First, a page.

Column by J1 reporter Sydney Witkowski
June 15, 2020. What seemed like a regular night hanging out with friends turned into one of the most heartbreaking days of my life. A day that will always be in my heart, and a conversation that will be burned into my mind for my life to come.
My grandfather battled dementia for two years. I never fully understood how bad it was until the day I was told he was going to be admitted into Country House, a memory care home in Lincoln, Neb. This was so hard for me to grasp, but I knew it would be for the better. My grandma’s life would be less stressful, my parents, aunts, and uncles would worry less about both of my grandparents, and professionals would be there to properly help my grandpa.
My family’s plan was that we would visit him every once in a while, or take him out for the day. This plan was ruined because in March, COVID-19 precautions began to strengthen. What this meant for my grandpa was that he was allowed no visitors, not even his own wife. He was limited on activities he could do, and got weekly COVID tests done, just to make sure he was healthy. Although all of the Country House staff said he was always in a positive mood, I know that he was hurting. I can’t imagine battling a mental illness that makes you not yourself, that makes you not know who is who and what is going on in your life, and not being able to socialize with the new people you are now spending everyday of your life with, who are in the same situation as you.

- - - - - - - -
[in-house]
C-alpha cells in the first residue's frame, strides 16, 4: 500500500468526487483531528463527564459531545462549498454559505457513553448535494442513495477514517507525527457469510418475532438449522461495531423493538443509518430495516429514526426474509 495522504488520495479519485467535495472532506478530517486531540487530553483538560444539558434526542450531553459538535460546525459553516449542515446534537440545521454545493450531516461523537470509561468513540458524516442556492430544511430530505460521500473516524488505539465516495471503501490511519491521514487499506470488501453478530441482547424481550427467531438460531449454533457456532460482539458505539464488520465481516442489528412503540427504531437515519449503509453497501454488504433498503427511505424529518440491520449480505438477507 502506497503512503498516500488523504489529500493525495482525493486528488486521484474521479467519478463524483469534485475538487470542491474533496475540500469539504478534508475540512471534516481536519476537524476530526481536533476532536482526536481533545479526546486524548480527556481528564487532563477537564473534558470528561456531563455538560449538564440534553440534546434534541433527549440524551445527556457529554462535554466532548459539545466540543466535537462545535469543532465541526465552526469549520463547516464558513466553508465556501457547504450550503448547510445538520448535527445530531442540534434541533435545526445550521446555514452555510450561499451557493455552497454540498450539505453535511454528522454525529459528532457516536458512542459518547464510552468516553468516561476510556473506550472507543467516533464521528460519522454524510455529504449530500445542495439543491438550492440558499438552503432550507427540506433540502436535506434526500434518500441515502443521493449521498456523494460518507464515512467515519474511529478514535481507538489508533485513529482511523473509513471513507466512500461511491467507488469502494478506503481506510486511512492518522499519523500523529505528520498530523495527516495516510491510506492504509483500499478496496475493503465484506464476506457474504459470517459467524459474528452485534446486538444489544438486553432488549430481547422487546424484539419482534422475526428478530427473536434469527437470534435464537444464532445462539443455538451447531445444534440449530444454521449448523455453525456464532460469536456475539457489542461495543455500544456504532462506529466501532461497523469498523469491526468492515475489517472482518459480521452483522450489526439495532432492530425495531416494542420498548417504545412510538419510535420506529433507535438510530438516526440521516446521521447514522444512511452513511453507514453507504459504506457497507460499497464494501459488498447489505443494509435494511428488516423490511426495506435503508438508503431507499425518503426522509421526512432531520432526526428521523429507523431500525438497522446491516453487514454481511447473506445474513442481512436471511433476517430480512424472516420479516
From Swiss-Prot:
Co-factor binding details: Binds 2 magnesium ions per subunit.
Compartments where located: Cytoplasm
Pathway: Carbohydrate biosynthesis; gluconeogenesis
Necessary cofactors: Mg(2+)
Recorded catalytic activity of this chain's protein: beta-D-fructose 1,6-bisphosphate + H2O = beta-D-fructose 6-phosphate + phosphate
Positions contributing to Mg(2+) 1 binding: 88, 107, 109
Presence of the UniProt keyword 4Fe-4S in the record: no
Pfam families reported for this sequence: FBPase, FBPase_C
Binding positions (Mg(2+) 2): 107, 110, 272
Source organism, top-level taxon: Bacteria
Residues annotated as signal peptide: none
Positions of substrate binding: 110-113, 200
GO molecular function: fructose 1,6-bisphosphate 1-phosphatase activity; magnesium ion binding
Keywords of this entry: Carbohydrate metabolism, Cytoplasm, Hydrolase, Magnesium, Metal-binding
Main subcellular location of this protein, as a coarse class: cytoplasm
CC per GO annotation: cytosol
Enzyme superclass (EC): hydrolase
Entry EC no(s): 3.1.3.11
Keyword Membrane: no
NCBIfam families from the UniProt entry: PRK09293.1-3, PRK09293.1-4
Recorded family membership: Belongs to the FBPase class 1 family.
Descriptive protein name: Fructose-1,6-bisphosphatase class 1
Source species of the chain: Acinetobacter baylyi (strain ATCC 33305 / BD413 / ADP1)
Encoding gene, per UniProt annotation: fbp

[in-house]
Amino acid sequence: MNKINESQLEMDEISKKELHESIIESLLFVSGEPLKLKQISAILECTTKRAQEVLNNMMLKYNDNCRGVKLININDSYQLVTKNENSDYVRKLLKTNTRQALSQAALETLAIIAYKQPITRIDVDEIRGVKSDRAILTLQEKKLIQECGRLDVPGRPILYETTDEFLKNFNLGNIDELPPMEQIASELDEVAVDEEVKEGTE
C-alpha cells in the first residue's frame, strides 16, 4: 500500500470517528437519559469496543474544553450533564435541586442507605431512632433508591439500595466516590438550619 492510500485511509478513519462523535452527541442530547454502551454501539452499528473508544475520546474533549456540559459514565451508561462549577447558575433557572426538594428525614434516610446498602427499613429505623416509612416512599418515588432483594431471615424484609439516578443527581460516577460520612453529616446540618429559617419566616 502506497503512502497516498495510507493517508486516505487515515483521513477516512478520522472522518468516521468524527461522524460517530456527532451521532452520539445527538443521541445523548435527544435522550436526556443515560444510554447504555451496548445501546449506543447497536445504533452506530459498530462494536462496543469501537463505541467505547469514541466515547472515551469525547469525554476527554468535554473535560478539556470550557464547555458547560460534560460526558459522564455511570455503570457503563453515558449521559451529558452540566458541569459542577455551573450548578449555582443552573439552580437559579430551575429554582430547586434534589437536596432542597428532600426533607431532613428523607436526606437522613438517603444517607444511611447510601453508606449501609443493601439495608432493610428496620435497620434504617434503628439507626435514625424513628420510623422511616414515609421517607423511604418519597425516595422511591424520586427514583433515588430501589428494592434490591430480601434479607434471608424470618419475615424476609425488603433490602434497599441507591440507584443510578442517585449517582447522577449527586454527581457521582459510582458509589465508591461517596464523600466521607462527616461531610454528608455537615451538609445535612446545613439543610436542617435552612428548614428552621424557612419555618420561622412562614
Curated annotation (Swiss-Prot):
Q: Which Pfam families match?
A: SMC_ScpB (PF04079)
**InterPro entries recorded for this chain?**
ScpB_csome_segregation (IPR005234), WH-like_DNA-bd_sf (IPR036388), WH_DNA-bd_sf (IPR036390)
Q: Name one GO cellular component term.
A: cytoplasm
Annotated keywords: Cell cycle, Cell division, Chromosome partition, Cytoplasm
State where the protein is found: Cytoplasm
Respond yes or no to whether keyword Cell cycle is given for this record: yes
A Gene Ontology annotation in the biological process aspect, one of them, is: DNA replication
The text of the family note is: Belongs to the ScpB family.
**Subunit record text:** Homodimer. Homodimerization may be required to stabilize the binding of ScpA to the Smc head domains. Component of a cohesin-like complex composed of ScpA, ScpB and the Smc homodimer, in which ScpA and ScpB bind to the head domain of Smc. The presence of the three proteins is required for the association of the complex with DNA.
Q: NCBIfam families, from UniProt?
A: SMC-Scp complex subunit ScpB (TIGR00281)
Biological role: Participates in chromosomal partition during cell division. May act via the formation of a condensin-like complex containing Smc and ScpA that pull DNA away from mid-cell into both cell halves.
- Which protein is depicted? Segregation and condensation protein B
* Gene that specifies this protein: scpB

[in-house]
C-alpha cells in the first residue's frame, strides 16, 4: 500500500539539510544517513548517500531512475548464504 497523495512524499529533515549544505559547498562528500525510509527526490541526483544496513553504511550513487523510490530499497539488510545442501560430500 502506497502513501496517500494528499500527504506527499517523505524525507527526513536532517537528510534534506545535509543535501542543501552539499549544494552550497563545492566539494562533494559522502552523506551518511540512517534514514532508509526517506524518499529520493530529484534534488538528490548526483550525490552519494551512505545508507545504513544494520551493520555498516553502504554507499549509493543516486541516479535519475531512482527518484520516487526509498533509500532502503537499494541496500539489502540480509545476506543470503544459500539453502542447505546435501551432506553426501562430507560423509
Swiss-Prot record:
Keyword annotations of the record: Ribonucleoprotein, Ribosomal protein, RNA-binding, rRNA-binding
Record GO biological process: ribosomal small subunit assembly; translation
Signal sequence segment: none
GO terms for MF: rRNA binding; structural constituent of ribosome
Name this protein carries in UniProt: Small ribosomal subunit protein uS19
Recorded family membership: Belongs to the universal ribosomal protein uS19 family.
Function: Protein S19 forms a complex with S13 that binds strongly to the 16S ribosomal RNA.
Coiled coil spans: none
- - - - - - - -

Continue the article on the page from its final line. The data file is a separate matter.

June 15, 10:03 p.m. The exact minute I was standing in my driveway and got a phone call from my mom, a phone call that I will never forget. I asked where my dad and her were. I had driven home and opened the garage door to see my dad’s truck missing. That’s when she told me,“Honey we’re driving to Lincoln…. grandpa died.” Instantly tears streamed down my face I choked up a cracked, “What?” I remember feeling the tears instantly slide down my face and neck. I squatted down as my legs grew weak, I was physically and emotionally broken.
My first thought to myself was “I never got to say goodbye.” As it got later, more thoughts rushed into my head. Thoughts of how I wasn’t a good granddaughter, how hurt my grandma must have been, and how this all happened, and how it happened so fast. I still haven’t completely coped with the death of my grandpa, but I have grown.
I’ve learned to never take a moment for granted. I’ve learned to not hesitate to tell people you love them, and to not have the mentality that the sentence, “I’ll see you soon” is a guarantee. I’ve learned to hug my loved ones for a little longer than normal, and to soak in every single moment with them. So next time you see your grandpa, hug him a little tighter for me and my grandpa who never knew that our last hug would be the last.